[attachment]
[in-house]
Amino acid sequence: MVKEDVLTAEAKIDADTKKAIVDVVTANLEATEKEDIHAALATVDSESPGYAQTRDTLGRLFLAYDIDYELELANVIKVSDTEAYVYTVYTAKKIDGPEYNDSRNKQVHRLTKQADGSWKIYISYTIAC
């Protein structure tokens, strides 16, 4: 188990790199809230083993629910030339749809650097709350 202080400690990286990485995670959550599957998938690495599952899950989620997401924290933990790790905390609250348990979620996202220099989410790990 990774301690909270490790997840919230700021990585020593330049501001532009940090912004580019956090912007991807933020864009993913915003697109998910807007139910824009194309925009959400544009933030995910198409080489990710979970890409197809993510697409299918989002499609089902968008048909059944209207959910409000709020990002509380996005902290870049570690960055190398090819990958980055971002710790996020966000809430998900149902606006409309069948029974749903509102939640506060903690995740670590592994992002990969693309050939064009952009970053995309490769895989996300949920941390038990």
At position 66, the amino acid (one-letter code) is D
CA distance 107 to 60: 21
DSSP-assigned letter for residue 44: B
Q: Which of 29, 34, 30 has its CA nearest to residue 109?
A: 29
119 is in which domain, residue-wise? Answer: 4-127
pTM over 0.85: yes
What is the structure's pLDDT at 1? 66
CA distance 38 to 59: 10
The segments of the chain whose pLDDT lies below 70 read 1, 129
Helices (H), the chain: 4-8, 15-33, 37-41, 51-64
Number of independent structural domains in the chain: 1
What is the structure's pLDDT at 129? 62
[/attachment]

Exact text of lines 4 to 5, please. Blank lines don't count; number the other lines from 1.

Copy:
At position 66, the amino acid (one-letter code) is D
CA distance 107 to 60: 21